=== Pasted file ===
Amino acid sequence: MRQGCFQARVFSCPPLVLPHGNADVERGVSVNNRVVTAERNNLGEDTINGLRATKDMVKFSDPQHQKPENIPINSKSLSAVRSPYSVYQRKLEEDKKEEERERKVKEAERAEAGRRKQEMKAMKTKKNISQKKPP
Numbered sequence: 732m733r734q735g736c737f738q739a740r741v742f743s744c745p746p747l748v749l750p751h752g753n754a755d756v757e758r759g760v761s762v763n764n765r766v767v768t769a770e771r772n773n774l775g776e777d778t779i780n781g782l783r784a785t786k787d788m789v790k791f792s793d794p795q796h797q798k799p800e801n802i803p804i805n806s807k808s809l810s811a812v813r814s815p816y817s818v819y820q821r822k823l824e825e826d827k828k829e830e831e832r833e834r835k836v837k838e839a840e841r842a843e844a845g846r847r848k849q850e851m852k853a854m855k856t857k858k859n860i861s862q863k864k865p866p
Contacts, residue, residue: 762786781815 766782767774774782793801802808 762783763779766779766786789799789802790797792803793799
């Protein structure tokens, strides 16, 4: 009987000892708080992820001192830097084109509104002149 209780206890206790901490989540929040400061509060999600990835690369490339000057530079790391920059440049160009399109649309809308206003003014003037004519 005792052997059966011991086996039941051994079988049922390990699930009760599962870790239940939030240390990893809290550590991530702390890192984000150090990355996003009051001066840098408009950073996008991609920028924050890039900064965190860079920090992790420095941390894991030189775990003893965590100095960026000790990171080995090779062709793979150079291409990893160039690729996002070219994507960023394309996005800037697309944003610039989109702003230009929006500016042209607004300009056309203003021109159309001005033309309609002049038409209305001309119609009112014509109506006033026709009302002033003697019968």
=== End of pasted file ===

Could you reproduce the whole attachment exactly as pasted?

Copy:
Amino acid sequence: MRQGCFQARVFSCPPLVLPHGNADVERGVSVNNRVVTAERNNLGEDTINGLRATKDMVKFSDPQHQKPENIPINSKSLSAVRSPYSVYQRKLEEDKKEEERERKVKEAERAEAGRRKQEMKAMKTKKNISQKKPP
Numbered sequence: 732m733r734q735g736c737f738q739a740r741v742f743s744c745p746p747l748v749l750p751h752g753n754a755d756v757e758r759g760v761s762v763n764n765r766v767v768t769a770e771r772n773n774l775g776e777d778t779i780n781g782l783r784a785t786k787d788m789v790k791f792s793d794p795q796h797q798k799p800e801n802i803p804i805n806s807k808s809l810s811a812v813r814s815p816y817s818v819y820q821r822k823l824e825e826d827k828k829e830e831e832r833e834r835k836v837k838e839a840e841r842a843e844a845g846r847r848k849q850e851m852k853a854m855k856t857k858k859n860i861s862q863k864k865p866p
Contacts, residue, residue: 762786781815 766782767774774782793801802808 762783763779766779766786789799789802790797792803793799
């Protein structure tokens, strides 16, 4: 009987000892708080992820001192830097084109509104002149 209780206890206790901490989540929040400061509060999600990835690369490339000057530079790391920059440049160009399109649309809308206003003014003037004519 005792052997059966011991086996039941051994079988049922390990699930009760599962870790239940939030240390990893809290550590991530702390890192984000150090990355996003009051001066840098408009950073996008991609920028924050890039900064965190860079920090992790420095941390894991030189775990003893965590100095960026000790990171080995090779062709793979150079291409990893160039690729996002070219994507960023394309996005800037697309944003610039989109702003230009929006500016042209607004300009056309203003021109159309001005033309309609002049038409209305001309119609009112014509109506006033026709009302002033003697019968």